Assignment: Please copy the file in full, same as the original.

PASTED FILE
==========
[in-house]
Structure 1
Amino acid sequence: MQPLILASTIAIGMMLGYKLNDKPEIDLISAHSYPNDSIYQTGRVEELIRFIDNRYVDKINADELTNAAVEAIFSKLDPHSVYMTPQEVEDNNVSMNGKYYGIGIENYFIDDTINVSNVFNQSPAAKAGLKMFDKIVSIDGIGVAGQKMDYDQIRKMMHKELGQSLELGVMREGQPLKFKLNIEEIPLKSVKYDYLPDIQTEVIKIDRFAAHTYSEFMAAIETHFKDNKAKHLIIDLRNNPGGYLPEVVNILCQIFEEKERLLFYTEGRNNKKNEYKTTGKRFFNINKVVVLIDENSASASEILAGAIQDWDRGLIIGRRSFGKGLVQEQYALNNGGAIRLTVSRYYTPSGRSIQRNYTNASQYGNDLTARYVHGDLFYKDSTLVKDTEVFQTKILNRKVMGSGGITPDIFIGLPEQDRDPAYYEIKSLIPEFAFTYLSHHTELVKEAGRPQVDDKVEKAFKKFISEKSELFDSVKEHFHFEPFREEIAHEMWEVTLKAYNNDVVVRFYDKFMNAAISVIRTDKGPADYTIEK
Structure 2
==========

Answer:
[in-house]
Structure 1
Amino acid sequence: MQPLILASTIAIGMMLGYKLNDKPEIDLISAHSYPNDSIYQTGRVEELIRFIDNRYVDKINADELTNAAVEAIFSKLDPHSVYMTPQEVEDNNVSMNGKYYGIGIENYFIDDTINVSNVFNQSPAAKAGLKMFDKIVSIDGIGVAGQKMDYDQIRKMMHKELGQSLELGVMREGQPLKFKLNIEEIPLKSVKYDYLPDIQTEVIKIDRFAAHTYSEFMAAIETHFKDNKAKHLIIDLRNNPGGYLPEVVNILCQIFEEKERLLFYTEGRNNKKNEYKTTGKRFFNINKVVVLIDENSASASEILAGAIQDWDRGLIIGRRSFGKGLVQEQYALNNGGAIRLTVSRYYTPSGRSIQRNYTNASQYGNDLTARYVHGDLFYKDSTLVKDTEVFQTKILNRKVMGSGGITPDIFIGLPEQDRDPAYYEIKSLIPEFAFTYLSHHTELVKEAGRPQVDDKVEKAFKKFISEKSELFDSVKEHFHFEPFREEIAHEMWEVTLKAYNNDVVVRFYDKFMNAAISVIRTDKGPADYTIEK
Structure 2